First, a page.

If the treatment is for you, as part of developing the script, then you still owe it to yourself to keep it short and crisp. You will learn far more about your story by being disciplined than by allowing yourself to go on and on.

I believe the best way is to start with a short paragraph and then grow it organically step by step (I go through this entire process with you in Exciting Treatments).

3. Keep improving

Keep polishing, revising and improving your treatments as you write each draft of the script and then keep doing the same as you start sending the treatments out. As you keep refining, so you learn more about the script itself – characters, emotions, theme – and so both treatments and script become sharper.

I always obtain paid professional feedback before sending out a treatment, even though I give feedback to others. Everyone needs another pair of eyes.


 UPCOMING WORKSHOP ON CAREER DEVELOPMENT IN TV AND THE FILM INDUSTRY; Apologies for the long link – this from SCREEN YORKSHIRE – If you think you need some help getting a leg up or just some focussed attention on your career path, this could be the one for you – Northern Based Nicky Ball – Career Development Manager tells you more here: https://www.linkedin.com/news?viewArticle=&articleID=5573754948845310004&gid=2600652&type=member&item=94390465&articleURL=http%3A%2F%2Fcancareersleedsmarch2012-esli.eventbrite.co.uk%2F&urlhash=W-kv&goback=.gde_2600652_member_94390465

 INKTIP – their strap line is ‘getting the right script into the right hands’ – impressive website full of really great links and ways to get your script out there and read by industry professionals. You have to register your work and become a member – I think it looks seriously impressive for screenwriters who want to get connected and get their work out there.


 STEVEN RUSSELL – here, writer /producer /blogger and SCRIPT ADVICE WRITERS ROOM MEMBER Steven talks about how to manage that nutty and knotty problem of exposition in your script writing – a useful storytelling tool no doubt, but a hard one to control correctly: https://lovesmenotfilms.wordpress.com/2012/02/07/a-useful-use-for-exposition-in-your-script/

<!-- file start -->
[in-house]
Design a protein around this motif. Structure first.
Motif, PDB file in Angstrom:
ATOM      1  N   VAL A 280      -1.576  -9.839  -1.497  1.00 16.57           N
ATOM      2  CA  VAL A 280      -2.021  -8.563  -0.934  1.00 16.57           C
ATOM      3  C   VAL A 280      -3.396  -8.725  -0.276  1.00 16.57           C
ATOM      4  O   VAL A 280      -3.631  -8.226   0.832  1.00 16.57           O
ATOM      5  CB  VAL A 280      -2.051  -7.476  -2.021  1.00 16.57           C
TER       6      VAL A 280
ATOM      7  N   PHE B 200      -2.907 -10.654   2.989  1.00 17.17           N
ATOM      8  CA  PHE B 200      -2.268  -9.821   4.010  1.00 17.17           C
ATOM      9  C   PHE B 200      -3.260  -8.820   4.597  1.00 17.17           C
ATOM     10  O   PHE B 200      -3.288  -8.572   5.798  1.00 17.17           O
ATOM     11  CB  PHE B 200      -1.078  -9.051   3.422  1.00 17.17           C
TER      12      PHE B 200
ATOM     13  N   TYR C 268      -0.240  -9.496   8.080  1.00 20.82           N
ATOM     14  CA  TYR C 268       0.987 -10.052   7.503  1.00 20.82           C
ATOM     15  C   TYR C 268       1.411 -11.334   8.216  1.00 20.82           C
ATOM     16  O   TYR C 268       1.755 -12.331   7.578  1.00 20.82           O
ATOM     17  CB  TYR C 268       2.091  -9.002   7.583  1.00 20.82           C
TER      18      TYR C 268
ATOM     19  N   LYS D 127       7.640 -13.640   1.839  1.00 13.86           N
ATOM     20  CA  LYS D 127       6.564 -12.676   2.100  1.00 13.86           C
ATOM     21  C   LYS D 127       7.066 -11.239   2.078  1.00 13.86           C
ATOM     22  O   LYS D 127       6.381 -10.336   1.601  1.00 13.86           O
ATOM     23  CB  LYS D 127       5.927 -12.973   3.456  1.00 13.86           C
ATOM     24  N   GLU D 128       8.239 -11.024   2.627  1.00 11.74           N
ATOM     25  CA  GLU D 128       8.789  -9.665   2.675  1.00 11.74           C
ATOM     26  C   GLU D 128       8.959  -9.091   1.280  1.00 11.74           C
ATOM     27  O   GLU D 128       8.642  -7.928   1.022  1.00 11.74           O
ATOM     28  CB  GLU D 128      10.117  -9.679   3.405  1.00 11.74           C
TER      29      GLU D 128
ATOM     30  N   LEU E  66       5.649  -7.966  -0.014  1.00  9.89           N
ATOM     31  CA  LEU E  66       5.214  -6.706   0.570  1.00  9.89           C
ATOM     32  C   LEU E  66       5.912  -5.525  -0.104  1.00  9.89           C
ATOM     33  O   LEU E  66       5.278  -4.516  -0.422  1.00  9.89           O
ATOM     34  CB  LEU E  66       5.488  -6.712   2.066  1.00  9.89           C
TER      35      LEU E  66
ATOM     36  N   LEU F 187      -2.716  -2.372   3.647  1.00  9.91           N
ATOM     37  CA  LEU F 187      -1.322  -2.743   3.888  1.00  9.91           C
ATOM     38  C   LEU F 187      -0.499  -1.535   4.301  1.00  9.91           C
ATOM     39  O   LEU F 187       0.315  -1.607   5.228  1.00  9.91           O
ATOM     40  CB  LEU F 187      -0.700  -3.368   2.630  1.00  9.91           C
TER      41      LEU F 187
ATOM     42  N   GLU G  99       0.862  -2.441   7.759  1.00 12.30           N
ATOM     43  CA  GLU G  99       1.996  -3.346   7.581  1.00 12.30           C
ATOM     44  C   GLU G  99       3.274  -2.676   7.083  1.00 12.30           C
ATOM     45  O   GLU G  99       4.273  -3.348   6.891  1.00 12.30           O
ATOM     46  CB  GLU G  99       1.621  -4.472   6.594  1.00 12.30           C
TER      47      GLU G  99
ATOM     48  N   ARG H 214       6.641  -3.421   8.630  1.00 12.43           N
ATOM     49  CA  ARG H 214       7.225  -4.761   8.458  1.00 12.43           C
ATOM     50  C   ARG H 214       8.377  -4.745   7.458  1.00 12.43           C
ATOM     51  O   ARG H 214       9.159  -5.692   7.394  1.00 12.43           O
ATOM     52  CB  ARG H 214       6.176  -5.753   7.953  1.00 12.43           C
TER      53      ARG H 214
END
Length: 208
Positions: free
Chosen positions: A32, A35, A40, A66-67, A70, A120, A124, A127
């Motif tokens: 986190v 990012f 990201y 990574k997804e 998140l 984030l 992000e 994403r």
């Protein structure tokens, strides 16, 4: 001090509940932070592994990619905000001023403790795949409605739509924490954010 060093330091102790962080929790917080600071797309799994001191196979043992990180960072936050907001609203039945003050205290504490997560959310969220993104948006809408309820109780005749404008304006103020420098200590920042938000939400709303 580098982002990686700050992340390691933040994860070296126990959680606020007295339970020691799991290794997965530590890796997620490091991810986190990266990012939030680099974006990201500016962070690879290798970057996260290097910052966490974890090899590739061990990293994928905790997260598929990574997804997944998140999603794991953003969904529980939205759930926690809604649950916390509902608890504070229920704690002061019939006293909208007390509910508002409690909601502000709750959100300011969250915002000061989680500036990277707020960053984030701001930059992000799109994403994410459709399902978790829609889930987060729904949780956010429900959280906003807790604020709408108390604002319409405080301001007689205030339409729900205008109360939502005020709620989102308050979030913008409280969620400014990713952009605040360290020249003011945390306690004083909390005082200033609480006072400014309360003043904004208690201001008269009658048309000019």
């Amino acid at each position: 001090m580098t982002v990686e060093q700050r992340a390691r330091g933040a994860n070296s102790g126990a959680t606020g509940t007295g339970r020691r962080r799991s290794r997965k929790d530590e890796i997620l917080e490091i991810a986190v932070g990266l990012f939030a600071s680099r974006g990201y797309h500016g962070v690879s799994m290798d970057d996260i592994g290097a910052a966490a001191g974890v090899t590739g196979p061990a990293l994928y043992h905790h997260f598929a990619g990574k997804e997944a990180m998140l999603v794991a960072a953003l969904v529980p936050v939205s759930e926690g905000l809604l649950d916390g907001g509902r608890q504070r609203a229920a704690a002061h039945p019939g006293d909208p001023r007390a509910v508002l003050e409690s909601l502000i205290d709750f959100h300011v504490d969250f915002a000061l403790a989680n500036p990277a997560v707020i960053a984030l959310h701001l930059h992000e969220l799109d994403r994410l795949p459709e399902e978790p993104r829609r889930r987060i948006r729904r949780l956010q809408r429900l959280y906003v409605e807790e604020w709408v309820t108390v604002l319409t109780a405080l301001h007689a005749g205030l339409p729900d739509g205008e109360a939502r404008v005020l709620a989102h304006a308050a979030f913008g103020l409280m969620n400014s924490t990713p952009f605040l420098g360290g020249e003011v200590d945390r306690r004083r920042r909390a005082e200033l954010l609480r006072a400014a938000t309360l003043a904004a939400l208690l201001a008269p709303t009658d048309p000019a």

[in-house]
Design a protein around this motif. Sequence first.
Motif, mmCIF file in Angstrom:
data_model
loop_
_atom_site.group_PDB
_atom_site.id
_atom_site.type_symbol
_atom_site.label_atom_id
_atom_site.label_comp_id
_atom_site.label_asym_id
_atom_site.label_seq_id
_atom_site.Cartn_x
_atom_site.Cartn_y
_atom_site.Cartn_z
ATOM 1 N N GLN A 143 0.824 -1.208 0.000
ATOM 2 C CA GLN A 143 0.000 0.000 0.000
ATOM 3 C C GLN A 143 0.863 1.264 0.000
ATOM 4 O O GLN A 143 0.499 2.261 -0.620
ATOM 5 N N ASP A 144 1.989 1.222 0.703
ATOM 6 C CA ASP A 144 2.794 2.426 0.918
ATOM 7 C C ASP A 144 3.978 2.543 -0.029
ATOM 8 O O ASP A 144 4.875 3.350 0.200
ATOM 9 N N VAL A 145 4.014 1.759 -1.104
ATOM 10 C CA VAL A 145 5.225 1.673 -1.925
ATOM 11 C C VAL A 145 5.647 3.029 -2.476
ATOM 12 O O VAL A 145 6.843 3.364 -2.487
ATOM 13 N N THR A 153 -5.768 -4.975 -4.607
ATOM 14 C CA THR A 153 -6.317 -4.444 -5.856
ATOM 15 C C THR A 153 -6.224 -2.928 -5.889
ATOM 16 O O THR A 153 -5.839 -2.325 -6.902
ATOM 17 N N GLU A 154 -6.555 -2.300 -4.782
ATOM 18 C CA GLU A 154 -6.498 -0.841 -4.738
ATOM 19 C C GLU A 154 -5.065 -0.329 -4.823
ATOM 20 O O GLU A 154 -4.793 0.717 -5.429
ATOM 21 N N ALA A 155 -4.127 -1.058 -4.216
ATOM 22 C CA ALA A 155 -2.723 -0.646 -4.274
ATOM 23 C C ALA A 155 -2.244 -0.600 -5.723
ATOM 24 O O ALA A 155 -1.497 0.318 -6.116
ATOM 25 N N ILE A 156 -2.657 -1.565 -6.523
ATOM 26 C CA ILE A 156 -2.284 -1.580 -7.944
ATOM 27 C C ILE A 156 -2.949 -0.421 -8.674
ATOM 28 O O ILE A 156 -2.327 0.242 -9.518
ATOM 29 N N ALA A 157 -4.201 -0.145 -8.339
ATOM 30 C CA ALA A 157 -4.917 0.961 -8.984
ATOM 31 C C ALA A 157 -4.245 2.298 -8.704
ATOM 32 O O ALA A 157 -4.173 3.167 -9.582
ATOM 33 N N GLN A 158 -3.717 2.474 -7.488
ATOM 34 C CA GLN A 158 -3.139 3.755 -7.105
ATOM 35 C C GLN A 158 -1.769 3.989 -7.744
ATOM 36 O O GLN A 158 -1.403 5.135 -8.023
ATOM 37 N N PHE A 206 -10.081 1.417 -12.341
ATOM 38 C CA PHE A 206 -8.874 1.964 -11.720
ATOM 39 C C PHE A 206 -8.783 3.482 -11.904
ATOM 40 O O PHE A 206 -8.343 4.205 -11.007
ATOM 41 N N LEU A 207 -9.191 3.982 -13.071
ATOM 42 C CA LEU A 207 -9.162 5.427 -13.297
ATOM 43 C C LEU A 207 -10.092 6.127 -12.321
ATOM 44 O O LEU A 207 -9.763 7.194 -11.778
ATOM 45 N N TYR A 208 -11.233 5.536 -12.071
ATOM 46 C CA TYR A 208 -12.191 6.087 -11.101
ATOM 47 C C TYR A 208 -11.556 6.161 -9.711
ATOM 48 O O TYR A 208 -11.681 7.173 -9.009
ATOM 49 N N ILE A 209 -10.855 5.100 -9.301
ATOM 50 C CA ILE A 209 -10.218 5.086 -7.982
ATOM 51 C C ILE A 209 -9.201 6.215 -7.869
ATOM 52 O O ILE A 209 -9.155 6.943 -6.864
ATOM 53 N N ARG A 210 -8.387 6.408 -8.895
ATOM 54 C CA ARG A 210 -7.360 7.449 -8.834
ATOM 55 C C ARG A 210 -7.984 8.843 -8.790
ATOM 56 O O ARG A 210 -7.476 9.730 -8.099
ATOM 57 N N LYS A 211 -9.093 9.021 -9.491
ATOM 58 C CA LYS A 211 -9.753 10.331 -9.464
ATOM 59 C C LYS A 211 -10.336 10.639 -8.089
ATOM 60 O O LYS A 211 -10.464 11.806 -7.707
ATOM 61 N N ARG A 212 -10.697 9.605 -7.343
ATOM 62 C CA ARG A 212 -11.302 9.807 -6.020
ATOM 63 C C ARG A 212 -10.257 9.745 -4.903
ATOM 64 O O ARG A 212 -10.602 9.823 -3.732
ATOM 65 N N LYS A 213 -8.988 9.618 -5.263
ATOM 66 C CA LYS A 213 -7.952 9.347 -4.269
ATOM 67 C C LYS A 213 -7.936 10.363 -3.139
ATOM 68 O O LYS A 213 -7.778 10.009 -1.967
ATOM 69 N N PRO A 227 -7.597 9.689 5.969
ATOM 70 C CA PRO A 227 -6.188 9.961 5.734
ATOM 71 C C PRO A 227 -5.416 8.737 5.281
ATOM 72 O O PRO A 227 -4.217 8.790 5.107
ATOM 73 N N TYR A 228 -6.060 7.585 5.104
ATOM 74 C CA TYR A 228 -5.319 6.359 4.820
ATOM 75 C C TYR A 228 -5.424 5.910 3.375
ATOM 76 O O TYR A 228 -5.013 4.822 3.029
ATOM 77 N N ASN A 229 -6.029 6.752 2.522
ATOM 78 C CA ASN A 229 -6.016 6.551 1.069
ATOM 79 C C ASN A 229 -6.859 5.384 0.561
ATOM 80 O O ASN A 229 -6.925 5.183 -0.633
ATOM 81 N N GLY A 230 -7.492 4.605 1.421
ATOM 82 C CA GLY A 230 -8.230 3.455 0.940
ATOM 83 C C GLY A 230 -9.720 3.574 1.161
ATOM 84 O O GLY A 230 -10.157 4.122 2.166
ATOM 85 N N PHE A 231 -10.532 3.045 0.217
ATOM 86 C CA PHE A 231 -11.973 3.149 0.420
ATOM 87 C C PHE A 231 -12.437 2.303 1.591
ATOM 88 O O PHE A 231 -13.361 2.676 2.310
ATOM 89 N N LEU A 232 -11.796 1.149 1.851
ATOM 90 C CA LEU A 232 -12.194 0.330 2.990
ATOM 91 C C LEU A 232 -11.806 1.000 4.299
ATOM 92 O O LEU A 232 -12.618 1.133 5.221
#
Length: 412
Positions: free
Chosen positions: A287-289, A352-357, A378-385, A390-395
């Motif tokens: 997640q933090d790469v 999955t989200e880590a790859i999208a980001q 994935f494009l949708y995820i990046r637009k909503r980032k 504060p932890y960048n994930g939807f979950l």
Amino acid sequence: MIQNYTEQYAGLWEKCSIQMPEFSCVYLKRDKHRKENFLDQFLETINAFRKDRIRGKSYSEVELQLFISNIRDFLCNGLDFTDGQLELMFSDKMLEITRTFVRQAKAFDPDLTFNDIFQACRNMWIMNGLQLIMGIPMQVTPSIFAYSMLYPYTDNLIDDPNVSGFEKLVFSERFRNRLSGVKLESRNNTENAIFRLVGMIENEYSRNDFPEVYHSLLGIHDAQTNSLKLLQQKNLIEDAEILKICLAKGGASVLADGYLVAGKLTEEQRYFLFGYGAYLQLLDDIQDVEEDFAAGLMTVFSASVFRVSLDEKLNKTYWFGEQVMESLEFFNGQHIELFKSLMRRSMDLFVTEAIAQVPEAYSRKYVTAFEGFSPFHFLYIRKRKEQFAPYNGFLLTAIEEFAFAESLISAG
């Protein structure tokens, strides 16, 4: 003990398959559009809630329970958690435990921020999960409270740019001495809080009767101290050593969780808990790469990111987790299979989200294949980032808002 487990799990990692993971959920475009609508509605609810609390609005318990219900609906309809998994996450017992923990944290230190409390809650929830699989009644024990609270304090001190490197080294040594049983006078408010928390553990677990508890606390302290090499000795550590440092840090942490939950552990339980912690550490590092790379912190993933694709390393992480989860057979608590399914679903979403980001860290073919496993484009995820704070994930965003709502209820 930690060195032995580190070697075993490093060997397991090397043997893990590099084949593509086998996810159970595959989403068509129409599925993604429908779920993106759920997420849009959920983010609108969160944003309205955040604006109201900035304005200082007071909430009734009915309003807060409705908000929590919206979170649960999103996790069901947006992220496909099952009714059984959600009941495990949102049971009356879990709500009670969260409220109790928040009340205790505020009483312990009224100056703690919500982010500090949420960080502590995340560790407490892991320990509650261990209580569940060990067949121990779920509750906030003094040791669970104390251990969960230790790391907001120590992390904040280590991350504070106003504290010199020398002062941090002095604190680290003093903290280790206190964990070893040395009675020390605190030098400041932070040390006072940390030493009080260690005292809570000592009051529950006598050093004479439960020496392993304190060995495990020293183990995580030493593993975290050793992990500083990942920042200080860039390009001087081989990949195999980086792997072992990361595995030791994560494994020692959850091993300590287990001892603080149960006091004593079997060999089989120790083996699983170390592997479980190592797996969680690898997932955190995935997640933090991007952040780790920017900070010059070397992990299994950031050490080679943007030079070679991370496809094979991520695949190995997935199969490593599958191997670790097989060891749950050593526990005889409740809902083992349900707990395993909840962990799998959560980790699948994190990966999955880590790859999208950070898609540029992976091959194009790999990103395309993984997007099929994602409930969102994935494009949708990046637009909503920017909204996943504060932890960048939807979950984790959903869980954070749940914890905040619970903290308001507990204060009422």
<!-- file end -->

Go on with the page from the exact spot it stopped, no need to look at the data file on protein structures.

CHARLES HARRIS – is another experienced writer trainer and I am gladly promoting his fabulous website: https://chasharrisfootloose.wordpress.com/

 PHIL GLADWIN – here I am promoting the opposition – but hey, the guy really knows his onions so I would recommend a good look at this very informative website and his book on screen writing could be a good addition to the bookshelf this year too…needless to say, he also is a member of SCRIPT ADVICE WRITERS ROOM..



Check out the details here for my course and others – this is a good place to hone your craft in screen writing and disciplines surrounding the business of writing great scripts. This is a 4 day course that I have designed specifically for the NFTS and I would love to see you there in the Summer….


 Many of you will either know of, or be a member of SCRIPT ADVICE WRITERS ROOM on FACEBOOK, but if you haven’t yet joined, please do, it is a vibrant lively community of writers, trainers, learners, moaners, growers and doers and I would love to see you there! Here is the link again – so get clicking! https://www.facebook.com/group.php?gid=237330119115&ref=mf

 I hope I can help you with your writing; be it a television script, short or full length film or screen play, treatment or outline, novel or radio play, I read and script edit them all and can definitely help improve yours.  Drop me an email@ Yvonne.grace@scriptadvice-co-uk.stackstaging.com and let’s get working!


Copyright Yvonne Grace Script Advice February 2012